Image: Two galaxy views
This illustration compares a mature galaxy and a newborn galaxy. At left is the view in visible light; at right is the view in ultraviolet wavelengths, where hot, newborn stars are particularly luminous. NASA's Galaxy Evolution Explorer spotted the ultraviolet flashes from several dozen galaxies relatively near our own.
By Alan Boyle Science editor
updated 12/21/2004 7:31:12 PM ET 2004-12-22T00:31:12

Using ultraviolet vision, scientists have found a smattering of massive baby galaxies in an unexpected place: our own celestial back yard.

"Back yard" is a relative term: The newborn galaxies range in distance from 2 billion to 4 billion light-years away. But until recently, such galaxies had only been spotted in the far reaches of the space-time continuum, looking back to an age 10 billion years ago, when the universe itself was young.

The latest discovery, made by NASA's Galaxy Evolution Explorer, or GALEX, indicates that our aging universe is still giving birth to fresh galaxies, researchers said Tuesday. Until recently, such galaxies were thought to exist only in the distant past, said Tim Heckman, a member of the research team and director of the Center for Astrophysical Sciences at Johns Hopkins University.

"It's almost like looking out the window and seeing a dinosaur walking by," Heckman told reporters during a teleconference.

The findings are to be published in a special GALEX issue of the Astrophysical Journal Letters. GALEX's observations, supplemented by other instruments such as the Hubble Space Telescope, could fill in many of the gaps in our understanding of how galaxies such as our own Milky Way were formed, and why the galactic birth rate has slowed down so dramatically, said Alice Shapley, an astronomer at the University of California at Berkeley.

Baby 'building blocks'
For many astronomers, untangling the origins of galaxies is a "Holy Grail," Heckman said. That's why they look so closely at the faint infant galaxies spotted at the edges of the observable universe.

"The problem is, while these newborn galaxies are much more numerous in the early universe, we can only obtain crude information about them," Shapley said. "This is in terms of the mixtures of stars and gas and dust that they contain, and also what their detailed structure is."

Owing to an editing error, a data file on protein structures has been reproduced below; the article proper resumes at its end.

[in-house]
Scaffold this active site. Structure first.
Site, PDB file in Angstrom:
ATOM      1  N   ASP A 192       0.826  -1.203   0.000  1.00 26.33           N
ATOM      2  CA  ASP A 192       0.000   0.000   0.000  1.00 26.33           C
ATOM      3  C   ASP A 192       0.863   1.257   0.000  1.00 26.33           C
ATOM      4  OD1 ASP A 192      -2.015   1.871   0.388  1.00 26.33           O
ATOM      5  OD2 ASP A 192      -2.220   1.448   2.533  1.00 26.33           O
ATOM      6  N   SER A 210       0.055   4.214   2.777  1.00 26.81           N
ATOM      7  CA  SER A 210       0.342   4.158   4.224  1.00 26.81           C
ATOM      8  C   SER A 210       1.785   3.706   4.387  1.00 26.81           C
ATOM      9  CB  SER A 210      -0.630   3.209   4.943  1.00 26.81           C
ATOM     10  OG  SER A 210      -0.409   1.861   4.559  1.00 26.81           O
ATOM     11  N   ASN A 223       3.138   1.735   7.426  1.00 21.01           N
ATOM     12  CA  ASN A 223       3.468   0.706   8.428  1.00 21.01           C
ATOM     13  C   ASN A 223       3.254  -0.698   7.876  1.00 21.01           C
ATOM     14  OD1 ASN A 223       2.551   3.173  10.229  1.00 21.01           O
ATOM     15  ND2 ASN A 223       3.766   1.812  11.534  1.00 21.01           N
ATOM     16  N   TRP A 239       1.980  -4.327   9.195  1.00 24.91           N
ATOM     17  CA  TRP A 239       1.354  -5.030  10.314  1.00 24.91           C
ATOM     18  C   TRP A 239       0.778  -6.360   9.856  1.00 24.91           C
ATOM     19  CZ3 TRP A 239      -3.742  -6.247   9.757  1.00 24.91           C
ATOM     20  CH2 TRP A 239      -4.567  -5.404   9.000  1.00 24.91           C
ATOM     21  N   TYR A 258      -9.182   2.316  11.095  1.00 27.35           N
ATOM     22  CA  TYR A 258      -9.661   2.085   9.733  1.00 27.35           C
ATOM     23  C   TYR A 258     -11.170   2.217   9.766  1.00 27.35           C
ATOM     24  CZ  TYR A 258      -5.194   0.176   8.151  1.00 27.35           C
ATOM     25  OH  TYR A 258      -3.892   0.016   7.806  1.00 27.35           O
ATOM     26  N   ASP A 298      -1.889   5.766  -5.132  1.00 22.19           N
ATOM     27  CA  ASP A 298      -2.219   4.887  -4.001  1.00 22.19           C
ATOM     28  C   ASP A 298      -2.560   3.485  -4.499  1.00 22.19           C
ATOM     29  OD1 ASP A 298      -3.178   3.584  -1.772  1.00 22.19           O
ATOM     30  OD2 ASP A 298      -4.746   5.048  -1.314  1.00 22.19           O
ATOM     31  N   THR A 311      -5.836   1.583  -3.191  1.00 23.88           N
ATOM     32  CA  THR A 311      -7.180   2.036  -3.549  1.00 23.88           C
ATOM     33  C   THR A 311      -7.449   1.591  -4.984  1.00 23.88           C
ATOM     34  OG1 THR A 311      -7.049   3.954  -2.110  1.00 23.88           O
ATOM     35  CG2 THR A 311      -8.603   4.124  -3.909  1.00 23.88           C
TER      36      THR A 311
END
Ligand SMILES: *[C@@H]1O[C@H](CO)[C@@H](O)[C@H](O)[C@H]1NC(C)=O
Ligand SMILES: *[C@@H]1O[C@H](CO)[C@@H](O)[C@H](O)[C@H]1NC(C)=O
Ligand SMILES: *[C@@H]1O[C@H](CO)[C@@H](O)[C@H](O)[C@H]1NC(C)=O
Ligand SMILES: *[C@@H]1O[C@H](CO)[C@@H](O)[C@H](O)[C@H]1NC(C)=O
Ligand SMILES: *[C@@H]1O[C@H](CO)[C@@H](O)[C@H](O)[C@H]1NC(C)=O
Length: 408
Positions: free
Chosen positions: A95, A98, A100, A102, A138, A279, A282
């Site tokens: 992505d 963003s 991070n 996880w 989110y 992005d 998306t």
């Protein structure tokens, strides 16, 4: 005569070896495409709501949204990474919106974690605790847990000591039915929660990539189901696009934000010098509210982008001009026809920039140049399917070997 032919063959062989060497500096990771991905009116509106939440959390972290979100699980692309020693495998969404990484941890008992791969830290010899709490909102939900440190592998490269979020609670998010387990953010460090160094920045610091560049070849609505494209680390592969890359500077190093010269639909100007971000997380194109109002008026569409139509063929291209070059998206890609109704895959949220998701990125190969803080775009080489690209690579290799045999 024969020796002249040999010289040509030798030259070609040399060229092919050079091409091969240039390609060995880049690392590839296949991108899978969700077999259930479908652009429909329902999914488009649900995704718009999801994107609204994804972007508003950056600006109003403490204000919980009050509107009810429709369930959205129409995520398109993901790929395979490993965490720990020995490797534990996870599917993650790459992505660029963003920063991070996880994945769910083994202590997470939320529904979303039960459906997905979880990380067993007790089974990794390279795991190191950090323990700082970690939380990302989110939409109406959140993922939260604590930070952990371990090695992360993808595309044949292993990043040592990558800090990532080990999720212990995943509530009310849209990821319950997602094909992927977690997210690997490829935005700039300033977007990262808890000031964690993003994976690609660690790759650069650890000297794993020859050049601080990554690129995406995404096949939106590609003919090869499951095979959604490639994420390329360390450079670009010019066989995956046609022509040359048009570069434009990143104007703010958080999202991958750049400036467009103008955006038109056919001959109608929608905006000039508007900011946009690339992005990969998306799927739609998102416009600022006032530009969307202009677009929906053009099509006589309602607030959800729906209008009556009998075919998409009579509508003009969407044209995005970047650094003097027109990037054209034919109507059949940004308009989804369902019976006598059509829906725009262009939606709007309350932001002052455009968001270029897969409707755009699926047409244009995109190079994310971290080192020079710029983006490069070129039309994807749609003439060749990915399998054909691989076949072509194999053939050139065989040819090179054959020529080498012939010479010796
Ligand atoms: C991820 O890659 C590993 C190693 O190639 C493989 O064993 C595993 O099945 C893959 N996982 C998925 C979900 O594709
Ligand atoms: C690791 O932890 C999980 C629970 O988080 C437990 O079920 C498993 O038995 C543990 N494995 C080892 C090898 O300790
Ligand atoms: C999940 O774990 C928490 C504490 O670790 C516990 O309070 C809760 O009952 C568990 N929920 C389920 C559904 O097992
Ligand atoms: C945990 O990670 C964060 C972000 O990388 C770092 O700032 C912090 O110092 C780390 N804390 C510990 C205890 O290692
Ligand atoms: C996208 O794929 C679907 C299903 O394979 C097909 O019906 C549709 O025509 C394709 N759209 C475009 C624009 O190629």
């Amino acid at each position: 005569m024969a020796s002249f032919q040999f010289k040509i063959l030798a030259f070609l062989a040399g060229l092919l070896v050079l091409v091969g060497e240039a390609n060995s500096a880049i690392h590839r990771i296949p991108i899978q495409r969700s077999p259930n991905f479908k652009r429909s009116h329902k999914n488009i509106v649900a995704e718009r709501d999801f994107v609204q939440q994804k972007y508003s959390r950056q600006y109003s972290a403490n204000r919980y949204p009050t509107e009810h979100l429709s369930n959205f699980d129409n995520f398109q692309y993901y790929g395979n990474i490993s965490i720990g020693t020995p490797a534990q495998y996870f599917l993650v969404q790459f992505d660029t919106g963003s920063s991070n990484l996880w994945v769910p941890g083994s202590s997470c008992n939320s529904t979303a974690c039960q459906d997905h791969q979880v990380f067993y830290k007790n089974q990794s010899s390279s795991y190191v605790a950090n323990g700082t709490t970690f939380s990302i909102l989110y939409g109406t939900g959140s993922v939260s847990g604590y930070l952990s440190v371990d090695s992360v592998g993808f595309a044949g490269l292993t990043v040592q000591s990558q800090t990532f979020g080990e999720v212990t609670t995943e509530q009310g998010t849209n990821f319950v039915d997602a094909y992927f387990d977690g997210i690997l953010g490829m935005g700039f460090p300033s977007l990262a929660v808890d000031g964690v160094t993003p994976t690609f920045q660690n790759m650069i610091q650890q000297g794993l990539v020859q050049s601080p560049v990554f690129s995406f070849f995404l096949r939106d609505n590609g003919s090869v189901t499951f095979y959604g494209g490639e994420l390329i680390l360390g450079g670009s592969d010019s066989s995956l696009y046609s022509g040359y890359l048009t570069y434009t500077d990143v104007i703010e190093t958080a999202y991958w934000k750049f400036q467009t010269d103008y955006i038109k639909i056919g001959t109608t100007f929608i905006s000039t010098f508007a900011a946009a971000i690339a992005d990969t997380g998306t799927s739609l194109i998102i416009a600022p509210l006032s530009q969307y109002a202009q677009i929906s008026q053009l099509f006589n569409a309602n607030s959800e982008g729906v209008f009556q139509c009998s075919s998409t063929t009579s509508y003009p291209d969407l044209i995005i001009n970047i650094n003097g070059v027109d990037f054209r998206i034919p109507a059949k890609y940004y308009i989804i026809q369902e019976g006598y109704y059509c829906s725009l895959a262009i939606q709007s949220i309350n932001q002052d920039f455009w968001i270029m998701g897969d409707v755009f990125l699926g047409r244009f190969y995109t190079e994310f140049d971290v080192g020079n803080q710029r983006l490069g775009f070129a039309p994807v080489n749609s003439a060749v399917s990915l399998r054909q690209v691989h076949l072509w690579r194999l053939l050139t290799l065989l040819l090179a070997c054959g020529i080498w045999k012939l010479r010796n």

Just last month, Hubble researchers announced the first observations of what appeared to be a baby galaxy in our cosmic neighborhood, 45 million light-years away.

Image: GALEX
NASA's Galaxy Evolution Explorer, launched in April 2003, has a 19.7-inch (50-centimeter) wide-field telescope that searches for ultraviolet light sources.
The several dozen galaxies spotted by GALEX are more distant, but also more massive. Thus, they could serve as cosmic "building blocks," eventually coalescing into mature galaxies like the Milky Way, Heckman said.

That process could well take billions of years, but in the shorter term, analyzing the composition and structure of such galaxies will give astronomers a relatively close-up look at cosmic mysteries.

"We have a very good model for the overall structure of our universe — how the universe is shaped, how old it is, what it's made out of and how it's evolved overall," Heckman observed. "We still don't have robust models that tell us how stars form or how galaxies form."

Clues in the ultraviolet
Launched in April 2003, the GALEX satellite has an ultraviolet-sensitive, wide-angle telescope that is designed to document the multibillion-year history of galaxies. GALEX's ultraviolet vision is well-suited to spot newborn galaxies because young stars emit most of their light in ultraviolet wavelengths.

Previous attempts to look for ultraviolet-bright galaxies were unsuccessful because they couldn't look at large swaths of the sky like GALEX can, NASA said. Even in the wide-field GALEX survey, only about 1 out of every 3,000 galaxies was identified as a potential newborn.

Image: GALEX view
This GALEX image shows an ultraviolet-bright galaxy toward the bottom of the frame, with other celestial objects as less luminous spots.
Based on their analysis of star-formation rates, the scientists estimated that the nearby newborns were 100 million to a billion years old when the light observed by GALEX began its journey.

The view from a newborn galaxy would look far different from what we see in the Milky Way, said Chris Martin of the California Institute of Technology, principal investigator for GALEX.

"You would see a very large number of quite bright, blue stars ... very hot stars and massive stars that have recently formed," Martin said.

Does all this mean we're in the midst of a galactic baby boom? Not in the least, Heckman said.

"What we're seeing right now is perhaps the last dregs of galaxy birth, the last few stragglers," he said. "We don’t yet know really what's controlling this decline in the formation of galaxies."

Researchers hope that future observations by GALEX and other telescopes will confirm the newborn status of the ultraviolet-bright galaxies — and shed light on those larger questions as well.

"These are needles in a haystack, and this is our first yield," Heckman said. "As we go on and survey the whole sky, we think we'll find some very close-by examples."

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